eptember 01, 2009
Power play: architects help turn old Sears power plant in Chicago into new charter school
In London nine years ago, Swiss architects Herzog & de Meuron took a mighty, decommissioned power station on the Thames River and transformed it into Tate Modern (left), an acclaimed showcase for the Tate Gallery's collection of modern art.
Now in Chicago, a team of architects, foundation leaders and consultants has turned a handsome but derelict old power plant that once served Sears, Roebuck & Co.'s massive West Side headquarters into an inspired (and likely, inspiring) public charter high school.
Named the Charles H. Shaw Technology and Learning Center, in memory of the late Chicago developer who had a passion for revitalizing the beleaguered North Lawndale neighborhood, the building houses Power House High (below), which will welcome its first students Tuesday.
The $40 million project, aided by $17 million in federal tax credits, has recovered the architectural glory of the old power plant, especially in a soaring turbine room with glistening white brick walls and tall, arched windows.
Throughout are energy-saving features, from retrofitted historic windows to geothermal wells, that are expected to earn the center a Leadership in Energy and Environmental Design (LEED) gold rating from the U.S. Green Building Council.
Located at 931 S. Homan Ave., just south of the Eisenhower Expressway, the 104-year-old structure is among the remnants of Sears' once-vibrant West Side catalog operation. Chicago architects Nimmons & Fellows melded Chicago School efficiency and classical decoration in the complex, which at its height mailed thousands of orders every day to customers across America.
Sears left in 1973 for the 110-story Sears (now Willis) Tower. More than 30 years later, the power plant appeared to be a white elephant. Its arched windows were either broken or boarded up. Birds flew inside. And oversize rodents lived there.
"We thought they were cats -- they turned out to be rats," said Kristen Dean, president of the Homan Arthington Foundation. The foundation worked with Shaw, who died in 2006, to develop more than 300 homes and a community center in North Lawndale.
The wisdom of the foundation's decision to reuse the power plant is now fully apparent, thanks to Chicago architects Farr Associates, who worked with the Midwest office of MacRostie Historic Advisors.
A palace of steam is now a palace of learning, even if some details, like the steel entrance staircases, are disappointingly mundane. Yet old arched windows (left, at rear of building, with new fire escapes) have been sensitively replaced with double-glazed, energy-efficient glass. And the building's 185-foot-tall, brick chimney has been handsomely restored.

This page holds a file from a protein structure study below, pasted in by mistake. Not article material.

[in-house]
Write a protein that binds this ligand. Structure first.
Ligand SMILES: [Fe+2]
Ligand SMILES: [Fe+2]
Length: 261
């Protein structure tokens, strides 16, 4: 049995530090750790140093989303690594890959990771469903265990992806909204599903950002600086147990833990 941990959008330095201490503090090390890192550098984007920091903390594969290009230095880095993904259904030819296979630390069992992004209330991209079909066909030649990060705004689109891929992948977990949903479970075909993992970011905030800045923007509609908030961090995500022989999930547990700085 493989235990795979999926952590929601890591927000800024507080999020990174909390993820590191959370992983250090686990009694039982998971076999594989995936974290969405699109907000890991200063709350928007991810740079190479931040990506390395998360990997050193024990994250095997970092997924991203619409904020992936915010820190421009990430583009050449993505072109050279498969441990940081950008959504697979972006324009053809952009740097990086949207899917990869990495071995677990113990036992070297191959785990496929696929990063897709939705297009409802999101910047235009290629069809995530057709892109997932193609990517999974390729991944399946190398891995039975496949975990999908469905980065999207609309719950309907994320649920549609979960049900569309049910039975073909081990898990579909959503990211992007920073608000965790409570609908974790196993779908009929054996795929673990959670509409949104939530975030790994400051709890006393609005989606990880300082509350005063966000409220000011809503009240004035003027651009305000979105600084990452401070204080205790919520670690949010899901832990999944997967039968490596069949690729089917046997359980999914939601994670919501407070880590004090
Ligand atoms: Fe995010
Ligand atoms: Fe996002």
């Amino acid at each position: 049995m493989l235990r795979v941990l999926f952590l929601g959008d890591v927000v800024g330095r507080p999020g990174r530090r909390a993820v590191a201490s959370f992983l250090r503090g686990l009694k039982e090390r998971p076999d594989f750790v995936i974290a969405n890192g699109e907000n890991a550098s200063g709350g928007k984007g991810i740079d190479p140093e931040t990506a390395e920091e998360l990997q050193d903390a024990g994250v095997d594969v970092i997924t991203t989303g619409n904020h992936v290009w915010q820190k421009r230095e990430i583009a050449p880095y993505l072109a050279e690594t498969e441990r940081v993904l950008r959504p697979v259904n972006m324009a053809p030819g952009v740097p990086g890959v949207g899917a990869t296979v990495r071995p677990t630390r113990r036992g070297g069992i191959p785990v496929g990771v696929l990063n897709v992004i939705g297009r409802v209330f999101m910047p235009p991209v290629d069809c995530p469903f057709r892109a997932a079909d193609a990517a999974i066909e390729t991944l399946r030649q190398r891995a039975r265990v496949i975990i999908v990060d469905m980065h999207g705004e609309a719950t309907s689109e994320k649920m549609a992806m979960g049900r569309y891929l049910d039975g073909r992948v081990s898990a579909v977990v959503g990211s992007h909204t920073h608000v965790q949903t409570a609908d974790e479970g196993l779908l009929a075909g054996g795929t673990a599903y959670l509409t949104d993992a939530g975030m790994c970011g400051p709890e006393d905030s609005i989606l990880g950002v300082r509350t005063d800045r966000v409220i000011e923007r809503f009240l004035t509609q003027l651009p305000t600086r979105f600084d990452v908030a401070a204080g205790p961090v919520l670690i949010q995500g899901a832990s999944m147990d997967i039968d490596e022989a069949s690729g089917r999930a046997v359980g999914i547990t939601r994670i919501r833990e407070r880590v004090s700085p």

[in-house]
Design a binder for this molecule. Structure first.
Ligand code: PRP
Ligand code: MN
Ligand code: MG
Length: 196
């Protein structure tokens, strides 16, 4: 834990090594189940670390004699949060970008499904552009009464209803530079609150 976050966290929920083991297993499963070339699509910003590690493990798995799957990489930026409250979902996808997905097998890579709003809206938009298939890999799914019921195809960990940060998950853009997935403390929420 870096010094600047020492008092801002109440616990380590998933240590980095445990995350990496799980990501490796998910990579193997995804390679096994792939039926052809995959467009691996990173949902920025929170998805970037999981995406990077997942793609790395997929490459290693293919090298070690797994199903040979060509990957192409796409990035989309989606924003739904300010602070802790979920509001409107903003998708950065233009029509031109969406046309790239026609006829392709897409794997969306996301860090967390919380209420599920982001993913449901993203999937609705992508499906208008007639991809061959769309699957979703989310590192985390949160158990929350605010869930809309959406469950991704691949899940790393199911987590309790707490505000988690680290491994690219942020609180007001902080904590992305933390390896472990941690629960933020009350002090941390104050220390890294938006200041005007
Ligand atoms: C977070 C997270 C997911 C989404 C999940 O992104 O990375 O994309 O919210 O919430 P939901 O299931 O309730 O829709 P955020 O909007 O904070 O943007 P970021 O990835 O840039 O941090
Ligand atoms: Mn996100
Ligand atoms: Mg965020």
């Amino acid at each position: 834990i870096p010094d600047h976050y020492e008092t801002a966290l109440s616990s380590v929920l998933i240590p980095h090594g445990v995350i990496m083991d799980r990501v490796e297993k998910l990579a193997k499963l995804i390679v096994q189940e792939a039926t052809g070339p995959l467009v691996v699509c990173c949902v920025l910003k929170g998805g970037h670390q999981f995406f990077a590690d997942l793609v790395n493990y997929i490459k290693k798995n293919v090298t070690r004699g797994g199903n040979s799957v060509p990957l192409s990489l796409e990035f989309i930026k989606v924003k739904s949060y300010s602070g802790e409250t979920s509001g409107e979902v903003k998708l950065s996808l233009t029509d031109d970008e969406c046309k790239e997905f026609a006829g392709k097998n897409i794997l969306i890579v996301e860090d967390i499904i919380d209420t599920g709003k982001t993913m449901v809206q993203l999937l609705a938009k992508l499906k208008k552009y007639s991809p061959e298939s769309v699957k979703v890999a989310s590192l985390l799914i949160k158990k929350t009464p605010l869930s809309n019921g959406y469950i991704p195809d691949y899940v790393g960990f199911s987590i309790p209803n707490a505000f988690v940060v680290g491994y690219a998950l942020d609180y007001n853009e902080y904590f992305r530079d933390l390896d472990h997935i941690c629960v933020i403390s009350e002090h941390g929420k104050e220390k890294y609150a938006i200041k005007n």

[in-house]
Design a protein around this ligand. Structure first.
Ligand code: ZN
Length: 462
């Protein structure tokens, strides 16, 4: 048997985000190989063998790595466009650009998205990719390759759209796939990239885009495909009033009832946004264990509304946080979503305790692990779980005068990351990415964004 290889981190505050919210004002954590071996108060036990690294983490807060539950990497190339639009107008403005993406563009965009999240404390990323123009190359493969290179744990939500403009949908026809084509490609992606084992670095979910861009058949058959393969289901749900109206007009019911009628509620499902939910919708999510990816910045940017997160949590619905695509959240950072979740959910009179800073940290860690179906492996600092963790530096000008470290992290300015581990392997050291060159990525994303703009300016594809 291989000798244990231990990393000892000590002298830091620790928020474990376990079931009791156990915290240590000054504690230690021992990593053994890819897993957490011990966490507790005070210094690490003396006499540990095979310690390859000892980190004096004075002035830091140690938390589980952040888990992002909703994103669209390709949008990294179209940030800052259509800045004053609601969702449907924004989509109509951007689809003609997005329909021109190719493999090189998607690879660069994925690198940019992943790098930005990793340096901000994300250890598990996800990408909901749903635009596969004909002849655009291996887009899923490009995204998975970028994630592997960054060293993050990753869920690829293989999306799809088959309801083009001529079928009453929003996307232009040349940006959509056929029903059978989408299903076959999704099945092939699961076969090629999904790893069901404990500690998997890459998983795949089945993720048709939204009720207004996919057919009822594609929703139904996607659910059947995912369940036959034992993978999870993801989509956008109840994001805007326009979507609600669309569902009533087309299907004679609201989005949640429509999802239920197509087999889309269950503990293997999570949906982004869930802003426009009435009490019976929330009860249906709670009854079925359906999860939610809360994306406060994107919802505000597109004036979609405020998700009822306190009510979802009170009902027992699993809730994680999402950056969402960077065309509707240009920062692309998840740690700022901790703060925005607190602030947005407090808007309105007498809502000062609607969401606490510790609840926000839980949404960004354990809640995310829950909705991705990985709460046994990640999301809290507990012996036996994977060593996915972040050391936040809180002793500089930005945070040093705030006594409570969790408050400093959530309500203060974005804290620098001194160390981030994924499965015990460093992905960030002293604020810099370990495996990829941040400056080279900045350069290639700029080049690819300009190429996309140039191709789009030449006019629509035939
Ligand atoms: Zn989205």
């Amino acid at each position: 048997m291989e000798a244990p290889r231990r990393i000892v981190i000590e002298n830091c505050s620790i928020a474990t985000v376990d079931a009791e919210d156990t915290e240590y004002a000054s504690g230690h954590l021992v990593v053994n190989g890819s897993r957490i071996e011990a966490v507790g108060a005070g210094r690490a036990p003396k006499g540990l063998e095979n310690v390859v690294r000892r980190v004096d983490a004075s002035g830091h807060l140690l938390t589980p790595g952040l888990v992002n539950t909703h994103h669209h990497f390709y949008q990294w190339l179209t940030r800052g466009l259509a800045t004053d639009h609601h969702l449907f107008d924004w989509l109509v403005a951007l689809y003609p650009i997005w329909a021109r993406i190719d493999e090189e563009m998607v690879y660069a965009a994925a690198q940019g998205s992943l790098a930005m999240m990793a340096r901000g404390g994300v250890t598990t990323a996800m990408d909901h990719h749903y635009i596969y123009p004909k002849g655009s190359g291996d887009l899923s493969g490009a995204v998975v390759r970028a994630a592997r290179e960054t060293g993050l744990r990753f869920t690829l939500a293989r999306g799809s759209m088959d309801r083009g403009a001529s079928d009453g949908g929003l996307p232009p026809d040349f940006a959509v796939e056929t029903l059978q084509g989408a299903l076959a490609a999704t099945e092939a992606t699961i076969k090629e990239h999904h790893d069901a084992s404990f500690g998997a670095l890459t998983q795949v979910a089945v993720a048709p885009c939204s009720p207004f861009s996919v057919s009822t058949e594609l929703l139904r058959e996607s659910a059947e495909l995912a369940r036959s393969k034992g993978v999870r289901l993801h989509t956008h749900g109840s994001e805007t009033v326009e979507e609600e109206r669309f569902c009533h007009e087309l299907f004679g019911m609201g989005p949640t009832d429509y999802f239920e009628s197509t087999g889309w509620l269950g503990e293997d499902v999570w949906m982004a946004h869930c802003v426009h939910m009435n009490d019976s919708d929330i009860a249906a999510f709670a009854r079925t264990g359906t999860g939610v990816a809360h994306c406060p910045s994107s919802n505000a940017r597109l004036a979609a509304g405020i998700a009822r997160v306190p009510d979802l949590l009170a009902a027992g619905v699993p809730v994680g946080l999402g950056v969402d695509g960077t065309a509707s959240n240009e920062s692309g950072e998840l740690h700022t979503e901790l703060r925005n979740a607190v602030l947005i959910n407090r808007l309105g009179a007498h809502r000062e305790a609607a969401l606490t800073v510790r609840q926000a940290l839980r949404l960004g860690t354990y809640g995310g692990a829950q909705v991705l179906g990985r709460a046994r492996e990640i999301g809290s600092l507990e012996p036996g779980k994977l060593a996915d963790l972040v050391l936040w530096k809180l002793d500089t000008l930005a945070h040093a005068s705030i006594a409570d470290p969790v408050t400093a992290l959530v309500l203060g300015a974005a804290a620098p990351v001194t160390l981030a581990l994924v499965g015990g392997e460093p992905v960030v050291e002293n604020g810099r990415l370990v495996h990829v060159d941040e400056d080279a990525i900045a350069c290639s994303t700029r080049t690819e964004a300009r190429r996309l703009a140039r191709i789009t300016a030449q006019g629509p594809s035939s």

To their credit, the architects didn't strip the building of its grit. On the north facade, for example, smudgy lines formed by old lean-to buildings haven't been erased. Round terra cotta decoration enlivens the brown brick exterior with details like bolts of electricity..
Inside, Farr Associates followed the broad outlines of the Tate Modern, making the three-story turbine room a dramatic great hall and turning the boiler room into smaller but no less compelling spaces -- in this case, classrooms and meeting rooms instead of galleries.
The results are particularly impressive in the turbine room (left), which will be used for school assemblies, a cafeteria, exercise activities and community events. Instead of large sculptural projects, as at the Tate, the room is populated by huge industrial objects, including a big blue chilling machine and a 40-ton gantry crane.
"Every room in this building has a story," said Farr Associates' principal designer on the project, Jonathan Boyer.
The story and spaces are equally good in the building's other half, where giant boilers once turned water into steam. There, the architects supervised the removal of a junglelike thicket of machinery and carefully threaded new floors, walls, corridors and stairwells amid historic features they retained as artifacts.
Windows in some classrooms offer views to the the building's chimney. A coal ash conveyor belt is displayed behind glass.
The school's leaders -- Principal Kothyn Evans-Alexander and executive Chris Reynolds, who works for the school's partner, the Henry Ford Learning Institute of Dearborn, Mich. -- predict that the architecture and artifacts will inspire curiosity and help drive home lessons that books alone would not.
It remains to be seen, though, whether the design will help or hinder teaching. Will boisterous kids turn the hard-surfaced turbine room into an echo chamber?
Even if the Shaw Center lacks the Tate Modern's bracing contrasts of old and new, it is still likely to emerge as a model for recycling historic buildings -- and for harnessing architecture's aesthetic power to a broader social purpose.